We looked inside some of the tweets by @DWShaffer and here's what we found interesting.
Inside 100 Tweets
Check out our new cool site: http://www.tumgir.com
1 month to submit to the inaugural International Conference on Quantitative Ethnography — join the network coming together around deriving culturally contextualised meaning from large human activity datasets http://icqe19.org #learninganalytics #learningsciences
Not quite a month now, but still time. It's a great chance to people to learn more about Quantitative Ethnography and/or get feedback on your work. Workshops included with conference registration, and there is a doctoral consortium (funded!) as well as an early career workshop.
Hey! Look at the latest from the eminent @sbuckshum: https://learning-analytics.info/journals/index.php/JLA/article/view/6409/7153 …
Even more to the point, people working with other models (for whatever reason) can visualize them without creating an arbitrary layout of nodes with link weights indicated by numbers *and* without introducing arbitrary visual artifacts that confound interpretation of results./23
I think it is an open question, still, as to whether order in this sense matters more than co-temporality. But now we have a good tool to assess that in a direct comparison, rather than comparing two different techniques, with the obvious confounds that introduces. /21
So state transition diagrams, darling of NLP folks, can easily be represented and visualized in a way that lets us quickly model and compare larger number of diagrams. Instead of looking at just the average diagram for a group, we can compare groups, means, individuals, etc./20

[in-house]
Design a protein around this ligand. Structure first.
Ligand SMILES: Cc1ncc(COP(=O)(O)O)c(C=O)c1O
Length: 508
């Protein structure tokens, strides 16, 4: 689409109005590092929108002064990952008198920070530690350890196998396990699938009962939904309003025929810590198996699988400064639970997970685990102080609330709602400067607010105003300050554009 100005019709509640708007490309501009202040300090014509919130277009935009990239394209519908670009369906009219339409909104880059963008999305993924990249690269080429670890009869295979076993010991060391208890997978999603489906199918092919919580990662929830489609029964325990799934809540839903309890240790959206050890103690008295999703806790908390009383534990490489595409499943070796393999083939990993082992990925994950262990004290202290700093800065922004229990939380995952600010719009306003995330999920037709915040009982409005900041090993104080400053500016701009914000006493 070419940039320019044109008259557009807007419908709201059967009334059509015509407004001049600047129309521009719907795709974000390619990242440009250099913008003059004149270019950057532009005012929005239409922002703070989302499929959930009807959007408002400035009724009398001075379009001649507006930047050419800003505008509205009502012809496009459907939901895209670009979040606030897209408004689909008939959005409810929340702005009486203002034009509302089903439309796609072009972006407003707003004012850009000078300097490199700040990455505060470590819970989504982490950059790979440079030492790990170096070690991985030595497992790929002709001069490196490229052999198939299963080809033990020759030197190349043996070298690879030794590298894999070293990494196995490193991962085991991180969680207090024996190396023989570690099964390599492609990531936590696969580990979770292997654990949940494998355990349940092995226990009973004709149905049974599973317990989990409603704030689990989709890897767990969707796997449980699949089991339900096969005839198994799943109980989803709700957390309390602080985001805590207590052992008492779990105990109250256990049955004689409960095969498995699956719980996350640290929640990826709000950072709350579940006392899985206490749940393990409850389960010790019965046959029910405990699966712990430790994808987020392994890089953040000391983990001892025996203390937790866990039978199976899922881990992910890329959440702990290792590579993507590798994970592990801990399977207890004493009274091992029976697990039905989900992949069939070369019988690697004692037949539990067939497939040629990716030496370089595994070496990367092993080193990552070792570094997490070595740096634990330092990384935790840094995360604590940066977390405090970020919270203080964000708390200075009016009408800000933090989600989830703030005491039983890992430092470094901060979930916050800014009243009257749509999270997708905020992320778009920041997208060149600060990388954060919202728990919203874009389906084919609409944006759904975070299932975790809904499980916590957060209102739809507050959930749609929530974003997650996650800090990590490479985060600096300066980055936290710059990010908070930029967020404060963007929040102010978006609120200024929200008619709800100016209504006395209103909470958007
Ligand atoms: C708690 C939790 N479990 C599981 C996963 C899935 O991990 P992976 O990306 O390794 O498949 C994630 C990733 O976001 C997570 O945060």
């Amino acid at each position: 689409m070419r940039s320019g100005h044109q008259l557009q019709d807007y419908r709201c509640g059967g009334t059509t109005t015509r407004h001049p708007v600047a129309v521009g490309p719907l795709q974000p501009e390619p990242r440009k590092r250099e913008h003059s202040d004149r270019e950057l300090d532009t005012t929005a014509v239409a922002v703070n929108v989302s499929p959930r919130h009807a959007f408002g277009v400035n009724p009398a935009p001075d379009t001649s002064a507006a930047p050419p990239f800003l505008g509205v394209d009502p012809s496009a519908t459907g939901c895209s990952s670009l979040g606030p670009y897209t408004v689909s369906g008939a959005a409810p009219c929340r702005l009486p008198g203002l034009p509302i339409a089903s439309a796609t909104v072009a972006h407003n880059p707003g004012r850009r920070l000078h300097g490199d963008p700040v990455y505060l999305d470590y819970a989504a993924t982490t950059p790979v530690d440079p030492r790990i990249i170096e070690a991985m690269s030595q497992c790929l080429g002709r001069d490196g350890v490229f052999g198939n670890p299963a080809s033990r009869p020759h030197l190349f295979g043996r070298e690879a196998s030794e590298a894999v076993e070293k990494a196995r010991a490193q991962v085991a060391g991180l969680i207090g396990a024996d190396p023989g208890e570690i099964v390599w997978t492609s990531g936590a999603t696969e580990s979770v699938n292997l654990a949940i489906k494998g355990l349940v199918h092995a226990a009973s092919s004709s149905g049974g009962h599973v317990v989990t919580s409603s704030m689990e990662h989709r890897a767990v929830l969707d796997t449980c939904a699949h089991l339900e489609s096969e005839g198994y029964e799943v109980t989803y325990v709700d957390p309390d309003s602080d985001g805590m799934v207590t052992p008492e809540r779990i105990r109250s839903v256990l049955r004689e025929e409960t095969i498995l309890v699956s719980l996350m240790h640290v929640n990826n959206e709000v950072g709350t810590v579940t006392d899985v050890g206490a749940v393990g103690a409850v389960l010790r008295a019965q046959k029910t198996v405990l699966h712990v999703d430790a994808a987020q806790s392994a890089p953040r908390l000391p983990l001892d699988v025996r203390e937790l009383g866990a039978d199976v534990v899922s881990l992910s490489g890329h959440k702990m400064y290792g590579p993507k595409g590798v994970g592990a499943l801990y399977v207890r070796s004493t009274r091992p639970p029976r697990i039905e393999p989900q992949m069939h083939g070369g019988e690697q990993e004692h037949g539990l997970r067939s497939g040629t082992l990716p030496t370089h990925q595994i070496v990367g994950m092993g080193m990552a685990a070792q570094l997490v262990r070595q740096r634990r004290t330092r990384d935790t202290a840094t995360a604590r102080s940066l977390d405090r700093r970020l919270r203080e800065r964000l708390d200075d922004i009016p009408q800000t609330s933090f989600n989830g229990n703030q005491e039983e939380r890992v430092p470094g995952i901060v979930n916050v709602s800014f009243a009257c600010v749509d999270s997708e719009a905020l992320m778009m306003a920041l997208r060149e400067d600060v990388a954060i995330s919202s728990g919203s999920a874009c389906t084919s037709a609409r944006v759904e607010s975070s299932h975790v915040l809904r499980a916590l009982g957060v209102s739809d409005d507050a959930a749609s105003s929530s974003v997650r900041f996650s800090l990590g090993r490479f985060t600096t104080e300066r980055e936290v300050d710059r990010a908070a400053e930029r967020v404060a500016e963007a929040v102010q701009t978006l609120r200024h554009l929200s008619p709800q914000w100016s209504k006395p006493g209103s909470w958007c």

So you can see the problem: If we have separate links A -> B and B -> A, what do we do with the co-registration? We've tried two things in the past. First, just treat A -> and -> A as separate nodes. That works mathematically, but is hard to interpret. /15
The co-registration works because ENA uses an optimization algorithm (developed by my brilliant friend @JeffLinderoth) that positions the nodes of the network graph so that the centroid of the network graph approximates the position of the point in the network space. /14
The key to making this work is that network graphs are co-registered with the space, meaning that changes in the graph (more connections between nodes in the "upper" part of the graph) correlate with changes in position the network space (larger values for the y-coordinate)/12